Walking and hiking

Marlbank Nature Reserves

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Contact details


Marlbank Nature Reserves, Enniskillen, County Fermanagh,
Mr Conaire McNeary
T: (028) 6862 1588
F: (028) 6862 1375
E: nieainfo@doeni.gov.uk

Appearing from an underground cave, the Cladagh River flows down a narrow, steeply-sided gorge.

These are a set of three sites which collectively comprise the Marlbank Nature Reserves. They include the Marble Arch Forest Nature Reserve, the Killykeeghan and Crossmurrin Nature Reserve and the Hanging Rock and Rossaa Nature Reserve. Over a relatively small area, visitors can discover caves, steep gorges, cliffs and woodlands, as well as areas of extended grassland covered in wildflowers. Sturdy footwear is recommended.

Marble Arch

Appearing from an underground cave, the Cladagh River flows down a narrow, steeply-sided gorge towards the Erne lowlands. Marble Arch Nature Reserve takes its name from the polished limestone arch over the river which people used to think was marble. The arch was formed when a cave roof collapsed. Take a walk beside the river as it tumbles over waterfalls and cascades along the gorge.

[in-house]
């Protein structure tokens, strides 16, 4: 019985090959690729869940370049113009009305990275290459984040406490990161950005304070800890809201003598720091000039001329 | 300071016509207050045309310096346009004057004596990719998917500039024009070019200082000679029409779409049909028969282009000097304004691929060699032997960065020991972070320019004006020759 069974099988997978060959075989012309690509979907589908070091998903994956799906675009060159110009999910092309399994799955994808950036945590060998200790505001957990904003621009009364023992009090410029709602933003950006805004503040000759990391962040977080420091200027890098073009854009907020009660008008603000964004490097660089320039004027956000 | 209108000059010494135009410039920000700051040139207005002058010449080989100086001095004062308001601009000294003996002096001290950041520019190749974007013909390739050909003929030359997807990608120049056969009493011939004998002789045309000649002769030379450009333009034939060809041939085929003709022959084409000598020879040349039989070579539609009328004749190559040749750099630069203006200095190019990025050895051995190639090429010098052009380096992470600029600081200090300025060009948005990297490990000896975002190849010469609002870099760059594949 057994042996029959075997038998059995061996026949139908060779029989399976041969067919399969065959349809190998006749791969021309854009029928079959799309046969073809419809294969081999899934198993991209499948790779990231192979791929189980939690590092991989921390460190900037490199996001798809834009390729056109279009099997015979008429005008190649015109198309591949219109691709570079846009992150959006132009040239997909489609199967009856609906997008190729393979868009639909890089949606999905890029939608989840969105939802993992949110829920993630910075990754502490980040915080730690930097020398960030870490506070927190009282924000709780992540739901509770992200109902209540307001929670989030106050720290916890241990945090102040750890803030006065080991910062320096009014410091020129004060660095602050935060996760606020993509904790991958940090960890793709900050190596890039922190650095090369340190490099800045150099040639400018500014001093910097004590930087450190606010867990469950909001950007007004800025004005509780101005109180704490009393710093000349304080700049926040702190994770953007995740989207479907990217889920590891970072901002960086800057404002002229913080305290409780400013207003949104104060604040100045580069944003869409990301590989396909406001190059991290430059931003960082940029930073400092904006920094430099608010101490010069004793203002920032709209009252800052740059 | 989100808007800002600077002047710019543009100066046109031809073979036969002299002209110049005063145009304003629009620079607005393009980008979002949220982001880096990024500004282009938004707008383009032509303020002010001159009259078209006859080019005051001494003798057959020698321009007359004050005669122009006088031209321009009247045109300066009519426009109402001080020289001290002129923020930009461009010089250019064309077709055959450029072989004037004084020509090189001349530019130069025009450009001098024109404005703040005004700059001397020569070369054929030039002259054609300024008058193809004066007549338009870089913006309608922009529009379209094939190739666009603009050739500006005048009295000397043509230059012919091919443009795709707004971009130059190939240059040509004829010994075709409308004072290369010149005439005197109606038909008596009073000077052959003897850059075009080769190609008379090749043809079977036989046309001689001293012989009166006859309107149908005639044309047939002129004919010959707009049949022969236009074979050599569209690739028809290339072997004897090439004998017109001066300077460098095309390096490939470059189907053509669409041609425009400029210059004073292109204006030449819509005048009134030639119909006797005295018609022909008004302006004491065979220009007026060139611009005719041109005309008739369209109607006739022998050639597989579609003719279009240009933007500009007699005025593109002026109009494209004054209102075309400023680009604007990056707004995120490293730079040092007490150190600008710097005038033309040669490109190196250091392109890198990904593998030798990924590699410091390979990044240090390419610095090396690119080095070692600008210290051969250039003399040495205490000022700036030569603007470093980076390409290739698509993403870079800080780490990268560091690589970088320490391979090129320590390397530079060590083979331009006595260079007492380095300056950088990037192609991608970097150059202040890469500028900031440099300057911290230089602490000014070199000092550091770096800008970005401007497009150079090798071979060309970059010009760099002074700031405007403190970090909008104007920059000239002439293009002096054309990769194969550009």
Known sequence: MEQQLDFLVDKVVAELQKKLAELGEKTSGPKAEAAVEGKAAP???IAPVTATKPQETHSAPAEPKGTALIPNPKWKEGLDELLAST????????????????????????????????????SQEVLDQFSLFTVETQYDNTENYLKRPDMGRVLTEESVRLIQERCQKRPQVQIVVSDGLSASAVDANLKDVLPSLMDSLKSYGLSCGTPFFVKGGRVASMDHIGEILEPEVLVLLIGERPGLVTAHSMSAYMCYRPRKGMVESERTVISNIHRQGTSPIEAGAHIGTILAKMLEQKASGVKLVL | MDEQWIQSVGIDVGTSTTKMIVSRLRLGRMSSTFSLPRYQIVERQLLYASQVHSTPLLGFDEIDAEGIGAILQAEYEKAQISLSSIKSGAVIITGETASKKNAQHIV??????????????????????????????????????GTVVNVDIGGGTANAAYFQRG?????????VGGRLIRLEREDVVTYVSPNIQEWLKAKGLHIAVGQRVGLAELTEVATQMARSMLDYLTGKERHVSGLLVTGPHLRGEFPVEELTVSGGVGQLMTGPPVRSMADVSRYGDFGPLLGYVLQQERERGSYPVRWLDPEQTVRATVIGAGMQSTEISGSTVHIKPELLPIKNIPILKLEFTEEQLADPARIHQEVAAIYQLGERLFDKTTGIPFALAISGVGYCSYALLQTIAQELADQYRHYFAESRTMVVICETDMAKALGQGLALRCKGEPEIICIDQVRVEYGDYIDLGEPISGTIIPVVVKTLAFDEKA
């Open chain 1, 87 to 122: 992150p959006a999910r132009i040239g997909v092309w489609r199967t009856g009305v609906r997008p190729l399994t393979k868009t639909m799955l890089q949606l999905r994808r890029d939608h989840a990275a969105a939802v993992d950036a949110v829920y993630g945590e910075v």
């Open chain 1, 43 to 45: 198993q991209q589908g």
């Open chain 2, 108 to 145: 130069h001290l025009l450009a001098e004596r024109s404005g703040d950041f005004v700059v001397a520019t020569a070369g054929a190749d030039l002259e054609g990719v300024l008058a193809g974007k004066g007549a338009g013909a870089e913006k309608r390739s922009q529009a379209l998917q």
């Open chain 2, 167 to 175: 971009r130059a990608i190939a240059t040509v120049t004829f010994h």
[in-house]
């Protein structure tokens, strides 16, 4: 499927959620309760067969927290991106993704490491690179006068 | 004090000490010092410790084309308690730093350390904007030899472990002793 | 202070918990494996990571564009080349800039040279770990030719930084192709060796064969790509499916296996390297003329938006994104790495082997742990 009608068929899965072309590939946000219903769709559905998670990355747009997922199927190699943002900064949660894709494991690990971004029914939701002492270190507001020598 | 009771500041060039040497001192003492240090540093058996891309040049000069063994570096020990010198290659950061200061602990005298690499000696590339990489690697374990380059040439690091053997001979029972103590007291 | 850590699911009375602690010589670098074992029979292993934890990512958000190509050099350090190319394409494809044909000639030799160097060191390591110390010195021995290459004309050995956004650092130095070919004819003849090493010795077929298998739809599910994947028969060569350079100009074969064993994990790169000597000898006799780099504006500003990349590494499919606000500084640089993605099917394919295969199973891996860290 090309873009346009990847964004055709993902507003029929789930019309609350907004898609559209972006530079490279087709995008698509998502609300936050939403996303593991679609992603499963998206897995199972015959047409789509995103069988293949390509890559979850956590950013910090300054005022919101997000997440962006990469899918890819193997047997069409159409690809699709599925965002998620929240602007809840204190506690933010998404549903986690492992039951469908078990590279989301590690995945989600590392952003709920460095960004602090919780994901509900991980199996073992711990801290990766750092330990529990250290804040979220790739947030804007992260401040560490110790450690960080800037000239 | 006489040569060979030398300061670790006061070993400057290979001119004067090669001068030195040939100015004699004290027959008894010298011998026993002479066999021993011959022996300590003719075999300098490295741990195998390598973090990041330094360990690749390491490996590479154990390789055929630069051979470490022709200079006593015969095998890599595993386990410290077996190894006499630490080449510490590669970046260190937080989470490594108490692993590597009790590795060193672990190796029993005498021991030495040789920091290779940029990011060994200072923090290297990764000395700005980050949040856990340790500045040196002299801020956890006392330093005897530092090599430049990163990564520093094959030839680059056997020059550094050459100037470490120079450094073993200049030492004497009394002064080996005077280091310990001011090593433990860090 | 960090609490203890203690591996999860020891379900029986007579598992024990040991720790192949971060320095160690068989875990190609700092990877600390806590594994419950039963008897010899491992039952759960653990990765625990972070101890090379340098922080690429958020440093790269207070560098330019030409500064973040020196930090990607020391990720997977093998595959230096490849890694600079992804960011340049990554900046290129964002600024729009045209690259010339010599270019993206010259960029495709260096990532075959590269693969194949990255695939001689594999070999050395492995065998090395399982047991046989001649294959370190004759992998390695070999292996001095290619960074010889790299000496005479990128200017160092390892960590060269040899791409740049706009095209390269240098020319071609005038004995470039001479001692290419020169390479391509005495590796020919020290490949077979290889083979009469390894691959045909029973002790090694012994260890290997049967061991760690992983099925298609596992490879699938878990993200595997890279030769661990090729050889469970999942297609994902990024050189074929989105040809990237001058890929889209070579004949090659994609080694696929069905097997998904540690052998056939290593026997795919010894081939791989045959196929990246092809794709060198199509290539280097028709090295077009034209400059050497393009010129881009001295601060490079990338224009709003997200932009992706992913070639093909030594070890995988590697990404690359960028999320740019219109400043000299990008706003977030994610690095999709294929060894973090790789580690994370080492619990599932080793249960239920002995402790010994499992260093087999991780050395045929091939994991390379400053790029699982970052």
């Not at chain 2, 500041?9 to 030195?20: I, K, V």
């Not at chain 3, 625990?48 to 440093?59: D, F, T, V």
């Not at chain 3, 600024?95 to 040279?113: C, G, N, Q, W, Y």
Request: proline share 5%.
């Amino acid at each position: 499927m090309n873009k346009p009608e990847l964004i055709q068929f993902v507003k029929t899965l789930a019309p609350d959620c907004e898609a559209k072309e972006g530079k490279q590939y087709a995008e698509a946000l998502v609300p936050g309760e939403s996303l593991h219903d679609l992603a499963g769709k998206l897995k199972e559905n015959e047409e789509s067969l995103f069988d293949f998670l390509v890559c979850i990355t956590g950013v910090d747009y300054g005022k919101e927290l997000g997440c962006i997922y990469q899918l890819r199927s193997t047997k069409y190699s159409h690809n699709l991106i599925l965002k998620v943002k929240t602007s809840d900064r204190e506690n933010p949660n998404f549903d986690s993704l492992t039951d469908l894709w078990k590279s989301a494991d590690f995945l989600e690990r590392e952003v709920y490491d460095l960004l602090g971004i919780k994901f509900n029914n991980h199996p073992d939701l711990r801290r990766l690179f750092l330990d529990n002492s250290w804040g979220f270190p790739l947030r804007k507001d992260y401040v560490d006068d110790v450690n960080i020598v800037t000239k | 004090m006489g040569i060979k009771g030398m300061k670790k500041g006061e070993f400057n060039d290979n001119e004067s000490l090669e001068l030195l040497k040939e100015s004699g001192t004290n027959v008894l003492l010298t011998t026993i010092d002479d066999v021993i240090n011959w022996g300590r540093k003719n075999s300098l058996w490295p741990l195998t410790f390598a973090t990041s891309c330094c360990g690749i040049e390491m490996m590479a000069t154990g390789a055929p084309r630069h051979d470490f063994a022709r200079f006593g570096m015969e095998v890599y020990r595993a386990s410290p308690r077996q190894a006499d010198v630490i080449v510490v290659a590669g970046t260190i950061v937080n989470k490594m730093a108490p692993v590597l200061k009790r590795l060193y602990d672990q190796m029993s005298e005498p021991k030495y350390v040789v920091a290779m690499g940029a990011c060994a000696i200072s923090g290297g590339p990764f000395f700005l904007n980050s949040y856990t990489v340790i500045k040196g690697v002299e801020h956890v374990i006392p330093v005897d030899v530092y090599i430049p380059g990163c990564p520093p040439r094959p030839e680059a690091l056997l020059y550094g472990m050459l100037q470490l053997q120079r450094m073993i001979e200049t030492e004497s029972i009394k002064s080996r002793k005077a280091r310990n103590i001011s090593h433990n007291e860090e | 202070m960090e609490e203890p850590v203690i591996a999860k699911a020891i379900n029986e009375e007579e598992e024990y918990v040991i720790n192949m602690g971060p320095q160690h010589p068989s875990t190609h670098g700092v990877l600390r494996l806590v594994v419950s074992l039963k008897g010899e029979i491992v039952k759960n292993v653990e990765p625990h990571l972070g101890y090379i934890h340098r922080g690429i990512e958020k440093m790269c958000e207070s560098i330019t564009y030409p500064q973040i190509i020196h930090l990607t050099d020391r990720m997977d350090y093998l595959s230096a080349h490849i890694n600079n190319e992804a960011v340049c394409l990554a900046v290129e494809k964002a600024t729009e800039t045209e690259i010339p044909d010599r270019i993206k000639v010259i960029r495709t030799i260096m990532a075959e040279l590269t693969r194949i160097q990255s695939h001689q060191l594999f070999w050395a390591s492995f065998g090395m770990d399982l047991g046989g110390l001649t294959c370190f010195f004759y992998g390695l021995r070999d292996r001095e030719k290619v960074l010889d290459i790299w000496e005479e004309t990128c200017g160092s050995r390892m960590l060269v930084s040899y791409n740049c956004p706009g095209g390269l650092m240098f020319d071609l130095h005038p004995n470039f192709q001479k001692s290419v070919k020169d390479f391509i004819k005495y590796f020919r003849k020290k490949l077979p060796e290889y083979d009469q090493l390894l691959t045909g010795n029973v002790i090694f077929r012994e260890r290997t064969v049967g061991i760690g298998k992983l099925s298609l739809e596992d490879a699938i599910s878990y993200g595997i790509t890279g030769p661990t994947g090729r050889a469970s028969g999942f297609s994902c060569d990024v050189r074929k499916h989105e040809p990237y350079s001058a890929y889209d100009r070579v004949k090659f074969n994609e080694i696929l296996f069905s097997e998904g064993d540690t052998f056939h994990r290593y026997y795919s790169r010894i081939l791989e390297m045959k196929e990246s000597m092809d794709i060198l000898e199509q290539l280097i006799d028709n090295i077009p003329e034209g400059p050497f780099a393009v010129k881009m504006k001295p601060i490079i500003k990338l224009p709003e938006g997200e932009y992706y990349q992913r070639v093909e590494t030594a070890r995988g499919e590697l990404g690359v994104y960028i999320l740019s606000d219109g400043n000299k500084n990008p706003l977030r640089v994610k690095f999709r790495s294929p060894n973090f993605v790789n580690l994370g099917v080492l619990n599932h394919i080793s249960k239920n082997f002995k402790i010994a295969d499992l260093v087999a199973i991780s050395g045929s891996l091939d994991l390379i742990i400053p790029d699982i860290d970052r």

The Visitor’s Centre at the Marble Arch Caves Global Geopark is open from late March to September and has toilets and a café.

Killykeegan and Crossmurin

Set between the stunning Cuilcagh Mountain and the Erne lowlands is Northern Ireland’s only area of limestone grassland. A few patches of hazel scrub remain dotted through the grassland because the area has been cleared for farming since the Stone Age. The scrub shelters delicate woodland flowers including wood sorrel and primroses.

There are toilets, a car park and information panels at Killykeegan cottage.

Hanging Rock and Rossaa

Overlooking Lower Lough MacNean is the Hanging Rock, a magnificent 50 metre high limestone cliff. Yew and juniper cling to its cliff face. At the foot of the cliff is one of the finest ash woodlands in the country. In Rossaa Wood to the west, savour the sight of mature oak, beech, willow and elm and seek out the colourful yellow blooms of the Welsh poppy growing on the grassy slopes. There is limited parking in a small lay-by on the side of the road. There is a short path to where a river emerges from underground.